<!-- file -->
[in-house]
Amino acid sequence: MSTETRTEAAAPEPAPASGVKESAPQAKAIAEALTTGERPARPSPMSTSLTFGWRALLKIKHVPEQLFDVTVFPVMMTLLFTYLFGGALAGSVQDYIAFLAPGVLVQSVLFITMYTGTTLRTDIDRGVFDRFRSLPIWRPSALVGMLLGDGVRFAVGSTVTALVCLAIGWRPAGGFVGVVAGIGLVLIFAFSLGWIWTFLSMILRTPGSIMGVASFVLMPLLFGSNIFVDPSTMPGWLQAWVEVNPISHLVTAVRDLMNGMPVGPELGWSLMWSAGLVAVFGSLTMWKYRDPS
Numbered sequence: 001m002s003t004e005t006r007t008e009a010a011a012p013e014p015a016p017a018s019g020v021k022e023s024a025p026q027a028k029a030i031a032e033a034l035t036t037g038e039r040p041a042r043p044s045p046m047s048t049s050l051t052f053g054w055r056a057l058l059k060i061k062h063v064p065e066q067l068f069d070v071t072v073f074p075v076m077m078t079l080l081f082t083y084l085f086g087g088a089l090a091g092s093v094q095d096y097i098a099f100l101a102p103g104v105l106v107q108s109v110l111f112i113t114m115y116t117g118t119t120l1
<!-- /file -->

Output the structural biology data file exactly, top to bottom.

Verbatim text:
[in-house]
Amino acid sequence: MSTETRTEAAAPEPAPASGVKESAPQAKAIAEALTTGERPARPSPMSTSLTFGWRALLKIKHVPEQLFDVTVFPVMMTLLFTYLFGGALAGSVQDYIAFLAPGVLVQSVLFITMYTGTTLRTDIDRGVFDRFRSLPIWRPSALVGMLLGDGVRFAVGSTVTALVCLAIGWRPAGGFVGVVAGIGLVLIFAFSLGWIWTFLSMILRTPGSIMGVASFVLMPLLFGSNIFVDPSTMPGWLQAWVEVNPISHLVTAVRDLMNGMPVGPELGWSLMWSAGLVAVFGSLTMWKYRDPS
Numbered sequence: 001m002s003t004e005t006r007t008e009a010a011a012p013e014p015a016p017a018s019g020v021k022e023s024a025p026q027a028k029a030i031a032e033a034l035t036t037g038e039r040p041a042r043p044s045p046m047s048t049s050l051t052f053g054w055r056a057l058l059k060i061k062h063v064p065e066q067l068f069d070v071t072v073f074p075v076m077m078t079l080l081f082t083y084l085f086g087g088a089l090a091g092s093v094q095d096y097i098a099f100l101a102p103g104v105l106v107q108s109v110l111f112i113t114m115y116t117g118t119t120l1